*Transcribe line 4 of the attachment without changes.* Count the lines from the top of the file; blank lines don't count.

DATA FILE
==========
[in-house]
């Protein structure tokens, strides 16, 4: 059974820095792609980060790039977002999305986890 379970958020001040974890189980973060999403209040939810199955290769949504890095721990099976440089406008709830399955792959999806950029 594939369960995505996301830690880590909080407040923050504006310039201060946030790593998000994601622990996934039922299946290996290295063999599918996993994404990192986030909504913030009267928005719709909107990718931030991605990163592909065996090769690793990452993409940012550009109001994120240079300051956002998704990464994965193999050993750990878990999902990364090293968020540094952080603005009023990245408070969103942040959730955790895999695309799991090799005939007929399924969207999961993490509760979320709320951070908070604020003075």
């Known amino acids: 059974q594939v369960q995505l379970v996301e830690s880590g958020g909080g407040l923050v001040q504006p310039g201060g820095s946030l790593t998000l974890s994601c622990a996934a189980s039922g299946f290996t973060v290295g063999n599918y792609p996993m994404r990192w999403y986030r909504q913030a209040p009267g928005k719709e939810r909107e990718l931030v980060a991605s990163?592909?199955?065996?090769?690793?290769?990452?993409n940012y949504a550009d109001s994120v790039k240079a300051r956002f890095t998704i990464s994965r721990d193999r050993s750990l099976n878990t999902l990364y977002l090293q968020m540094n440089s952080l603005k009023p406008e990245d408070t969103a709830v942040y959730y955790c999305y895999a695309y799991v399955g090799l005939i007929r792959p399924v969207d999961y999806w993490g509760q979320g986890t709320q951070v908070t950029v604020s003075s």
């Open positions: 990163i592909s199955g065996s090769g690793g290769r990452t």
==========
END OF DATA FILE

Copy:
């Open positions: 990163i592909s199955g065996s090769g690793g290769r990452t």